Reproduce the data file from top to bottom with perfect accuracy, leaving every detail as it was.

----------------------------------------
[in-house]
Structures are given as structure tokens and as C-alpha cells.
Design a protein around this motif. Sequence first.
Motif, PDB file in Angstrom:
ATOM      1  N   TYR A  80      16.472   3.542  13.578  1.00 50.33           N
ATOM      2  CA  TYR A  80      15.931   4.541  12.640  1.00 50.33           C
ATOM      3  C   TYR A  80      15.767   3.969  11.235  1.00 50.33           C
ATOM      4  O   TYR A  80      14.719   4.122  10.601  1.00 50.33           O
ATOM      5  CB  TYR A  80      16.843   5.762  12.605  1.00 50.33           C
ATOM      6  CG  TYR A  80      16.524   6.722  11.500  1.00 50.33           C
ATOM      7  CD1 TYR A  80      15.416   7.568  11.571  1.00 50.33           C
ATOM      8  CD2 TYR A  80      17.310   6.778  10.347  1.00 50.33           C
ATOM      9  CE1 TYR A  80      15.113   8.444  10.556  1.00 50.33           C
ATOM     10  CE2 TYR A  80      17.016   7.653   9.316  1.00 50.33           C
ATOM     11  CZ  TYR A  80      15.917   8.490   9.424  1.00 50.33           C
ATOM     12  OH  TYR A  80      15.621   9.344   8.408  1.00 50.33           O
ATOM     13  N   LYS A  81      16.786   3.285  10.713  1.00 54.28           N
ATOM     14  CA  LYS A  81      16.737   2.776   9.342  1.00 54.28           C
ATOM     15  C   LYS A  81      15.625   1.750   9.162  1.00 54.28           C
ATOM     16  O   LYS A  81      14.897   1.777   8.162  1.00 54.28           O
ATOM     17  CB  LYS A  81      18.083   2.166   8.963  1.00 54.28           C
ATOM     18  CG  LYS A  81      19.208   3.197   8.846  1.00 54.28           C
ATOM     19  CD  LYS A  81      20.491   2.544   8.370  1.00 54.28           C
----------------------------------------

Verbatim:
[in-house]
Structures are given as structure tokens and as C-alpha cells.
Design a protein around this motif. Sequence first.
Motif, PDB file in Angstrom:
ATOM      1  N   TYR A  80      16.472   3.542  13.578  1.00 50.33           N
ATOM      2  CA  TYR A  80      15.931   4.541  12.640  1.00 50.33           C
ATOM      3  C   TYR A  80      15.767   3.969  11.235  1.00 50.33           C
ATOM      4  O   TYR A  80      14.719   4.122  10.601  1.00 50.33           O
ATOM      5  CB  TYR A  80      16.843   5.762  12.605  1.00 50.33           C
ATOM      6  CG  TYR A  80      16.524   6.722  11.500  1.00 50.33           C
ATOM      7  CD1 TYR A  80      15.416   7.568  11.571  1.00 50.33           C
ATOM      8  CD2 TYR A  80      17.310   6.778  10.347  1.00 50.33           C
ATOM      9  CE1 TYR A  80      15.113   8.444  10.556  1.00 50.33           C
ATOM     10  CE2 TYR A  80      17.016   7.653   9.316  1.00 50.33           C
ATOM     11  CZ  TYR A  80      15.917   8.490   9.424  1.00 50.33           C
ATOM     12  OH  TYR A  80      15.621   9.344   8.408  1.00 50.33           O
ATOM     13  N   LYS A  81      16.786   3.285  10.713  1.00 54.28           N
ATOM     14  CA  LYS A  81      16.737   2.776   9.342  1.00 54.28           C
ATOM     15  C   LYS A  81      15.625   1.750   9.162  1.00 54.28           C
ATOM     16  O   LYS A  81      14.897   1.777   8.162  1.00 54.28           O
ATOM     17  CB  LYS A  81      18.083   2.166   8.963  1.00 54.28           C
ATOM     18  CG  LYS A  81      19.208   3.197   8.846  1.00 54.28           C
ATOM     19  CD  LYS A  81      20.491   2.544   8.370  1.00 54.28           C